In the baseball world, “luck” can be a loaded term. If a player is hitting .300 due to a confluence of events, he wants to savour his accomplishment, not hear about any kind of good fortune. Likewise, fans of a losing team don’t want to hear excuses about wins and losses, or why the number-four starter owns a 5.75 ERA.
No matter how much we might dislike such explanations, though, the fact remains that random variance often plays a significant role in deciding outcomes on the field. Balls can find holes in the defence, even when you’ve made a great pitch. Really positive or really negative outcomes often occur in small sample sizes, thus skewing a player’s overall numbers. And so on.
This year’s Blue Jays are no different. In an awful year that will likely go down as just the second time they’ve ever gone an entire season without climbing above .500 at least once, plenty of players have simply played poorly. But other underachievers owe their lousy results in part to ill fortune. And yes, a few players have actually overachieved during this lost season, thanks in some cases to a few breaks.
Martin’s batting .223/.354/.381 this season, results that rate as two per cent better than league average per wRC+, despite that low batting average. Now the bad news: Martin has driven in just 27 runs this season in 81 games. That’s the second-lowest total of his 12-year major-league career. Moreover, Martin’s RBI total is the fifth-lowest among all American League hitters this year with 300 or more plate appearances.
Even that nugget doesn’t fully describe Martin’s RBI woes. He’s blasted 12 home runs this season, while none of the four players with weaker runs-batted-in rates has hit more than six. Moreover, while the bottom of the list is full of speedy, light-power waterbugs who either bat in the leadoff spot or the bottom of the order (Rajai Davis, Delino DeShields Jr., Cameron Maybin), all but 40 of Martin’s at-bats this season have come in the No. 2, 3, 5 or 6 spots — typically fertile sources for RBI.
The reason for Martin’s RBI drought is simple: He’s hit like a pitcher with runners in scoring position. In 72 plate appearances in that situation, Martin’s batting an anemic .161, with just one extra-base hit — “good” for a .179 slugging percentage. The veteran catcher’s best offensive skill remains his ability to draw walks. Problem is, bases on balls often don’t help much with runners in scoring position, especially when first base is open… thus making Martin’s 15 free passes with RISP less than thrilling.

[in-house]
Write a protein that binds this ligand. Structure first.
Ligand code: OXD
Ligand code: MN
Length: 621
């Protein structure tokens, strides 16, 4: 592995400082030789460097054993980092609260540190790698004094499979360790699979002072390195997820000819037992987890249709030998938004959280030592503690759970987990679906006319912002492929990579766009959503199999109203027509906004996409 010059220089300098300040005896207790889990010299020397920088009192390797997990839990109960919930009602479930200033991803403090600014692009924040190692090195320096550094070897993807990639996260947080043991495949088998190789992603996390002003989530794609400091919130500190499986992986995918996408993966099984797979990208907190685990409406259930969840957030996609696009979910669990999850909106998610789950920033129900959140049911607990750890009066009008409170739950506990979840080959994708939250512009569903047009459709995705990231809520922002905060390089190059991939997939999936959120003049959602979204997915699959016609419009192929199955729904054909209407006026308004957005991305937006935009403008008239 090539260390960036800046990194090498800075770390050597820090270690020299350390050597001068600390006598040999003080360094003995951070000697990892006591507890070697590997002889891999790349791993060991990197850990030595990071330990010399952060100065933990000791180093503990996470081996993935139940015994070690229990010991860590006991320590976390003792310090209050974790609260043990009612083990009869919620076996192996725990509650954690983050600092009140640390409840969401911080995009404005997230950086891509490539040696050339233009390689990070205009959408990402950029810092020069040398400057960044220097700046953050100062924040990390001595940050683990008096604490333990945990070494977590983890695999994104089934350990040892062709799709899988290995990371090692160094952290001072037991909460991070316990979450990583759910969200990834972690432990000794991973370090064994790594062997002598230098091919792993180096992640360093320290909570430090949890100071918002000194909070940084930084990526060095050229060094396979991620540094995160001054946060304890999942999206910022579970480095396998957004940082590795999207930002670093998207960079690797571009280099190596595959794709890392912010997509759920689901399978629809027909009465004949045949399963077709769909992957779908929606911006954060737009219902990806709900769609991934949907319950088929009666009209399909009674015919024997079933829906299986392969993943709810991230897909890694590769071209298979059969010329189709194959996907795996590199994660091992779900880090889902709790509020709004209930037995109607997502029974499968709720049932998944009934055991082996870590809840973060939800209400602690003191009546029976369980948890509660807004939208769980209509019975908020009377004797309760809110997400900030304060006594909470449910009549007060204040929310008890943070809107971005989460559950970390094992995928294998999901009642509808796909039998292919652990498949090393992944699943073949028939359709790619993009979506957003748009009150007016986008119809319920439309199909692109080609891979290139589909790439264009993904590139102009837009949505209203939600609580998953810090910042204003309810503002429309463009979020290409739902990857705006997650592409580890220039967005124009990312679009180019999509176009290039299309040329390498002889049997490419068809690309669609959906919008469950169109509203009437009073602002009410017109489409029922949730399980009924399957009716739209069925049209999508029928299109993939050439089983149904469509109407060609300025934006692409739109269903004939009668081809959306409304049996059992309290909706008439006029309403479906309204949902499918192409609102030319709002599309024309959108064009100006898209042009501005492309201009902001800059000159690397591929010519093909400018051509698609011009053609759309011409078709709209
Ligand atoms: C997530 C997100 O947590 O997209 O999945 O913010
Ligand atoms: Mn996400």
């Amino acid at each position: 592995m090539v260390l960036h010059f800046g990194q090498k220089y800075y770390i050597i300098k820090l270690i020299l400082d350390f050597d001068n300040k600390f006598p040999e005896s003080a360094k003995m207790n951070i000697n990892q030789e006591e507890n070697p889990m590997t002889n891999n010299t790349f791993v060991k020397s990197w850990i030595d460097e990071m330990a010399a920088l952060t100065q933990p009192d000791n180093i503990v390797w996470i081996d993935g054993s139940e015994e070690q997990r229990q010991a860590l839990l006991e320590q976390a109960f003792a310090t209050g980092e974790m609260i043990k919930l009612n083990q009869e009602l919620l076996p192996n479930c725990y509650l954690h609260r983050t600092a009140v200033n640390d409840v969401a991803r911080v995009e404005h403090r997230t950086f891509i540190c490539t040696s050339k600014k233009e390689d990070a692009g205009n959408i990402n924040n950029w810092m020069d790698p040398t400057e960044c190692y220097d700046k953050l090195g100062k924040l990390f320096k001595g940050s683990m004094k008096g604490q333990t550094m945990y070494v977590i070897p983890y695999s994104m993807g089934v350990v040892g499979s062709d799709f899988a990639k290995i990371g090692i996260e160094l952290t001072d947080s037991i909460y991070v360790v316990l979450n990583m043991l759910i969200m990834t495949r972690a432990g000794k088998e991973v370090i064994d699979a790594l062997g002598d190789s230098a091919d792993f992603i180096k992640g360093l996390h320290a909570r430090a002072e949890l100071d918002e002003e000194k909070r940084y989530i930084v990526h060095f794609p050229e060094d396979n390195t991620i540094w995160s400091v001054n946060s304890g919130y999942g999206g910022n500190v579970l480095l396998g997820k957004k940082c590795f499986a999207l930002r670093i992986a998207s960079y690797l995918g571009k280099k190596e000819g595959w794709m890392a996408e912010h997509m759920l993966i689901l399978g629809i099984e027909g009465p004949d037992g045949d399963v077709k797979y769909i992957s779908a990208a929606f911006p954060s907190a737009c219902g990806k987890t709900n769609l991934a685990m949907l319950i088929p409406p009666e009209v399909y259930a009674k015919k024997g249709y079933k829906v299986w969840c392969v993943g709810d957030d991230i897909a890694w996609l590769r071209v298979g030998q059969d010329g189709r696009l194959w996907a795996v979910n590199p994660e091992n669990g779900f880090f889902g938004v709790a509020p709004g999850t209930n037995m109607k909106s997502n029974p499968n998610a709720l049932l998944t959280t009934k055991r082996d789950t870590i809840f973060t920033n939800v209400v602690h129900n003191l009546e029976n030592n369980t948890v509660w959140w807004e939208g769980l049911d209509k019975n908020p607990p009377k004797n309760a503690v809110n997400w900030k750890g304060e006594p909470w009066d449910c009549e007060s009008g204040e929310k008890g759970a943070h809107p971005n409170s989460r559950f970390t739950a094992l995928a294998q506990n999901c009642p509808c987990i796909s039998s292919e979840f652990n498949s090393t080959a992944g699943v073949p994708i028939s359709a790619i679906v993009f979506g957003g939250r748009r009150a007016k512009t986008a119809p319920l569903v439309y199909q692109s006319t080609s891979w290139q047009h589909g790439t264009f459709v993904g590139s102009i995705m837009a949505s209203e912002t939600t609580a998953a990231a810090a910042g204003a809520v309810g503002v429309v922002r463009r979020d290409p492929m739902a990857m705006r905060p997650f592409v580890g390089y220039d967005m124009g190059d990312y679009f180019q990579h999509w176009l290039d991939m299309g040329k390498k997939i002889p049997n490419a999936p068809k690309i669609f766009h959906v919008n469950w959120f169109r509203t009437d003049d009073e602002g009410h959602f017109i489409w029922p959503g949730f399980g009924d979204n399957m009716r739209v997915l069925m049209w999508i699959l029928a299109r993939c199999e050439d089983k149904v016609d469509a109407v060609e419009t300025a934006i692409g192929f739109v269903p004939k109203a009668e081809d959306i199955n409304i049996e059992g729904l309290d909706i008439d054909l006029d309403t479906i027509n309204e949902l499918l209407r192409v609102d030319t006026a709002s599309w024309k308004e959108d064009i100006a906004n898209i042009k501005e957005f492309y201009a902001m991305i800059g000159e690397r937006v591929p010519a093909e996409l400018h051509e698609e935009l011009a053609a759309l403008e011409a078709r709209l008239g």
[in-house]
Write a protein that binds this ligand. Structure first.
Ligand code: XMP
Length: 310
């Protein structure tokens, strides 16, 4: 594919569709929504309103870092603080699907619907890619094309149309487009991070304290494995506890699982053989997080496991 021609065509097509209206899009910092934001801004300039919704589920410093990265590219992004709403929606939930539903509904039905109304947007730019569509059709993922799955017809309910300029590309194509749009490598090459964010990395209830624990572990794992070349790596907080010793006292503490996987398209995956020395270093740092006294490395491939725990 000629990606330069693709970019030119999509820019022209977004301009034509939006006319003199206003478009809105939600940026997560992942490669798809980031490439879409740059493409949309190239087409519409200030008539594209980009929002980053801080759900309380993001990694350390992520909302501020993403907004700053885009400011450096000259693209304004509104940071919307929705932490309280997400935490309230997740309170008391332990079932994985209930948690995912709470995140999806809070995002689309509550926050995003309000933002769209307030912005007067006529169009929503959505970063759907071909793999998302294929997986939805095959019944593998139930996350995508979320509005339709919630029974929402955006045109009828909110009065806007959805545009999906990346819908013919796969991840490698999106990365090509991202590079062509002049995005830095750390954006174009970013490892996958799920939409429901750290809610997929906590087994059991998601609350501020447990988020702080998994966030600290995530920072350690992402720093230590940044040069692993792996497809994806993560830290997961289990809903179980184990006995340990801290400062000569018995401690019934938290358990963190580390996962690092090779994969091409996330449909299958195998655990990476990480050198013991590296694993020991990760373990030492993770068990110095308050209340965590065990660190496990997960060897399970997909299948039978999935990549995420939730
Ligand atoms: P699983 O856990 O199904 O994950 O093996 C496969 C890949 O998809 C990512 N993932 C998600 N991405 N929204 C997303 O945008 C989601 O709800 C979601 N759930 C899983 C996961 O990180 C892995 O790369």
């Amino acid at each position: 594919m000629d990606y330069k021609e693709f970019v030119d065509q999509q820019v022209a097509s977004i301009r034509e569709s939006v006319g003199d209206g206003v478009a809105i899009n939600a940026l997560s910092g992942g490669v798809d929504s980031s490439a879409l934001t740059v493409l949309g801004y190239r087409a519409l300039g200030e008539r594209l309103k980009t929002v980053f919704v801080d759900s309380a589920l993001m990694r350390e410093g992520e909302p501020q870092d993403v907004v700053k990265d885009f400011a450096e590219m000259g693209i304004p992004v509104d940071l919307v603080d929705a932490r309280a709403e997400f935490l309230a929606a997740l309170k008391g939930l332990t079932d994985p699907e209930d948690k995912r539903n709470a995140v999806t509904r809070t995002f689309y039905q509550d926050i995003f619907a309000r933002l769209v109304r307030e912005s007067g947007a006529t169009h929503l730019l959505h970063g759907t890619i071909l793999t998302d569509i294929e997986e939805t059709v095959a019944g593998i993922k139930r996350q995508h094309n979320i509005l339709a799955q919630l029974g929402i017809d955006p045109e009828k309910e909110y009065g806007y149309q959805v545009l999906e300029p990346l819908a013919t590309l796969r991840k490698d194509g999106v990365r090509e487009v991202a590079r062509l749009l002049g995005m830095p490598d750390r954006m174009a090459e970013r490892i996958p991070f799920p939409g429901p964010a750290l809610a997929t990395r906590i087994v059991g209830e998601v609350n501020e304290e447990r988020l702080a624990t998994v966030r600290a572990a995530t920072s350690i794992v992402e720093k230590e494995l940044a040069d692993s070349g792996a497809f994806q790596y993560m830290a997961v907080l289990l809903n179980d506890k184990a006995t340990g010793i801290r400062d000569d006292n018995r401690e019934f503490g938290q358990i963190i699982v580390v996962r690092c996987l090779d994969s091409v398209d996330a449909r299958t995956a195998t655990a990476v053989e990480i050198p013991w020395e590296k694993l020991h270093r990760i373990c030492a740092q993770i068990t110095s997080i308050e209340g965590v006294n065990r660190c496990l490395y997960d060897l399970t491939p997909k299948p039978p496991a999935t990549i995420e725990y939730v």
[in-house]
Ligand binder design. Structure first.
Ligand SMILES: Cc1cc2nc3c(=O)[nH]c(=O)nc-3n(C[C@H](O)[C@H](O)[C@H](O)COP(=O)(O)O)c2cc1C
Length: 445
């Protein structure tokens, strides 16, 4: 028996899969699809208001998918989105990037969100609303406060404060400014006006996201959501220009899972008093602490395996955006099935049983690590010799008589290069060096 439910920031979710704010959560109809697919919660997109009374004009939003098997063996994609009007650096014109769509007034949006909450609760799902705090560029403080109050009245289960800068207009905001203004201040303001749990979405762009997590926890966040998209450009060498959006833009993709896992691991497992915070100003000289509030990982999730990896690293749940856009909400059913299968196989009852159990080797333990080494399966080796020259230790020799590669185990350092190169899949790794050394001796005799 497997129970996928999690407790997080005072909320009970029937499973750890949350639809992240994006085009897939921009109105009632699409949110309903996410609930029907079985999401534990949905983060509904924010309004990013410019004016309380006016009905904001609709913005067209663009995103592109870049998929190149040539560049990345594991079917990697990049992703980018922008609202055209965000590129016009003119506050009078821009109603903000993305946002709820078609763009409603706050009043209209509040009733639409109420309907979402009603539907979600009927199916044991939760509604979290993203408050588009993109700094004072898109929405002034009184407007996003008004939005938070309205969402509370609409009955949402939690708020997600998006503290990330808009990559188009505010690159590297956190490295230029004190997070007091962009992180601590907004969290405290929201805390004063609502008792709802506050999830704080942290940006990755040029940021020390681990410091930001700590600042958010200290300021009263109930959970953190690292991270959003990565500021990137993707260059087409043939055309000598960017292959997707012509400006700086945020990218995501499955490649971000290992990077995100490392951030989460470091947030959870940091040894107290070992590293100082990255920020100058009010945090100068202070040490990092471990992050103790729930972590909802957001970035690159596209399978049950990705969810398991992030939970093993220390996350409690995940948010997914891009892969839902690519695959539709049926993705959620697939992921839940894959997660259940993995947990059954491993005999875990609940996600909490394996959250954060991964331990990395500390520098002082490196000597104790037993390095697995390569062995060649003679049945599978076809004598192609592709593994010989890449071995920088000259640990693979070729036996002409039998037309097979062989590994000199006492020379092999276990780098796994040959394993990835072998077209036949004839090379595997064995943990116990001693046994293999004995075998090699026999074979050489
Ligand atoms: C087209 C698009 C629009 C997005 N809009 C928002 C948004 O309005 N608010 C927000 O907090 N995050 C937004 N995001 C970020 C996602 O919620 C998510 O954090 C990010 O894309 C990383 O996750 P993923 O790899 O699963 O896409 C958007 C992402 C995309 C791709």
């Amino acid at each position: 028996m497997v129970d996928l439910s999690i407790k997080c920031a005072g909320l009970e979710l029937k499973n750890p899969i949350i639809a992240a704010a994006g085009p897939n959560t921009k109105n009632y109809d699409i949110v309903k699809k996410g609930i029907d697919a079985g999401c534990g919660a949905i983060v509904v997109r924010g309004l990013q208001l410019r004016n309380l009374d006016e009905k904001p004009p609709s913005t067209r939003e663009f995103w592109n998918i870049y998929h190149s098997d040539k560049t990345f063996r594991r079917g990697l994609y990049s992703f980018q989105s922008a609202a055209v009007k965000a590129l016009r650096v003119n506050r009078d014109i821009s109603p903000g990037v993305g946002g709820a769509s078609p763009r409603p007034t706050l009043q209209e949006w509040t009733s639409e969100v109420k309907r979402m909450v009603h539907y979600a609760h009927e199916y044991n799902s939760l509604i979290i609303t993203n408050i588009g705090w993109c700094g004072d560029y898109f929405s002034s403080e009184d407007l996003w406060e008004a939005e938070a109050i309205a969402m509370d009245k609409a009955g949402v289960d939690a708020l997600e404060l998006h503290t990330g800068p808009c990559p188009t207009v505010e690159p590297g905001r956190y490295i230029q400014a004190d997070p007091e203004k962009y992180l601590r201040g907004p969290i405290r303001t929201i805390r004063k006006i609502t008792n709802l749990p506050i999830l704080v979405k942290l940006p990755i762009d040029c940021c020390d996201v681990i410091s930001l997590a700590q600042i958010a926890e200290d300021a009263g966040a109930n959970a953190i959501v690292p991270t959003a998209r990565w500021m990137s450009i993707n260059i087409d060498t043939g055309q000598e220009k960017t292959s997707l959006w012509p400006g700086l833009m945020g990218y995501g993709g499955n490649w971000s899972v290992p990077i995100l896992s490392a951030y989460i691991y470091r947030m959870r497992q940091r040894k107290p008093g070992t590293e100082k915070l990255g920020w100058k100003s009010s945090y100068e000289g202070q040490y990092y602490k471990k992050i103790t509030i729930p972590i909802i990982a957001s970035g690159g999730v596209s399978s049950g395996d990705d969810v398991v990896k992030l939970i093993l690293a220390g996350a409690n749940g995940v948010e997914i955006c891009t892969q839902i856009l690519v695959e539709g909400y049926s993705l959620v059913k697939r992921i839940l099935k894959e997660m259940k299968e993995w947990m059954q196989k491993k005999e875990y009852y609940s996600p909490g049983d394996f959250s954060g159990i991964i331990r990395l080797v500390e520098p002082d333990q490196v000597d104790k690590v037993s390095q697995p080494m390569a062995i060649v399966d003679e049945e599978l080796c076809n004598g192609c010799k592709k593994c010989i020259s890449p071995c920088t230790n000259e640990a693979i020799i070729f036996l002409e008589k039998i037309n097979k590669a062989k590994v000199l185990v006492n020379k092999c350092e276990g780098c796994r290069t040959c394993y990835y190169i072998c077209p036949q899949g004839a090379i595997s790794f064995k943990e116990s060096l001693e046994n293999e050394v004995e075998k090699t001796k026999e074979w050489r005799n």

Even if we grant that Martin might be a little too passive in high-leverage spots, though, we’re mostly talking about a small number of times at bat resulting in some flukishly awful numbers. Run this season back 100 times, and you might never see Martin run into that many bad results in big spots.
Goins represents the flip side of that same coin. Looking at his numbers on a broad scale, he’s been awful. His .228/.279/.337 batting line ranks third-worst in the American League on a park-adjusted basis. Goins appearing in 114 games and receiving 362 plate appearances comes down to a rash of injuries ravaging the team, and the Jays leaning on a player who’s never hit much, and doesn’t look all that good anymore by advanced defensive metrics either.
Still, Goins has won his share of backers this season for one simple reason: He’s absolutely raked with runners in scoring position, batting an off-the-charts .350/.385/.575. Those RISP numbers explain why Goins ranks an impressive fifth on the Blue Jays with 51 runs batted in, trailing only the team’s most notable power hitters — Justin Smoak, Kendrys Morales, Josh Donaldson and Jose Bautista.
Goins has actually put up somewhat better numbers for his career with runners in scoring position than he has the rest of the time (even after stripping out his obscene 2017 RISP outcomes). Still, he’s never hit at this stratospheric level in any circumstance, and almost certainly won’t ever again.
Carrera’s good fortune has been simple to explain: He’s hitting ’em where they ain’t. Carrera’s batting average on balls in play this year checks in at .366, eighth-highest among all AL hitters with as many plate appearances.
We can’t chalk all of that up to luck. Carrera lacks power and makes up for it with a slash-the-ball-in-play approach, one that had yielded a .327 batting average on balls in play headed into this season — more than 30 points above the league-average mark during Carrera’s 377 major league games played headed into 2017.
Still, if we merely lop 39 points off Carrera’s batting average on balls in play this year, he goes from a robust .295/.368/.439 hitter to a batter who hovers around league average or slightly lower. That said, Carrera can still claim a skills uptick in one particular category for nudging the needle this year: His line-drive rate of better than 23 per cent is the second-highest of his career, up sharply from his lagging 16.6–per cent mark in 2016.
Meanwhile, Marco Estrada has borne the brunt of ill fortune on balls in play. A master of throwing pitches with high spin rate, locating them an eyelash too high in the zone for most hitters to make solid contact and thus inducing lots of weak flyouts, Estrada has seen that formula come back to bite him this year.
Hitters managed batting average on balls in play results of .216 and .234 in 2015 and 2016, both figures ranking among the lowest in the league. That figure has jumped to .307 this year, which helps explain how and why Estrada’s ERA is up nearly two full runs compared to his 2015 mark.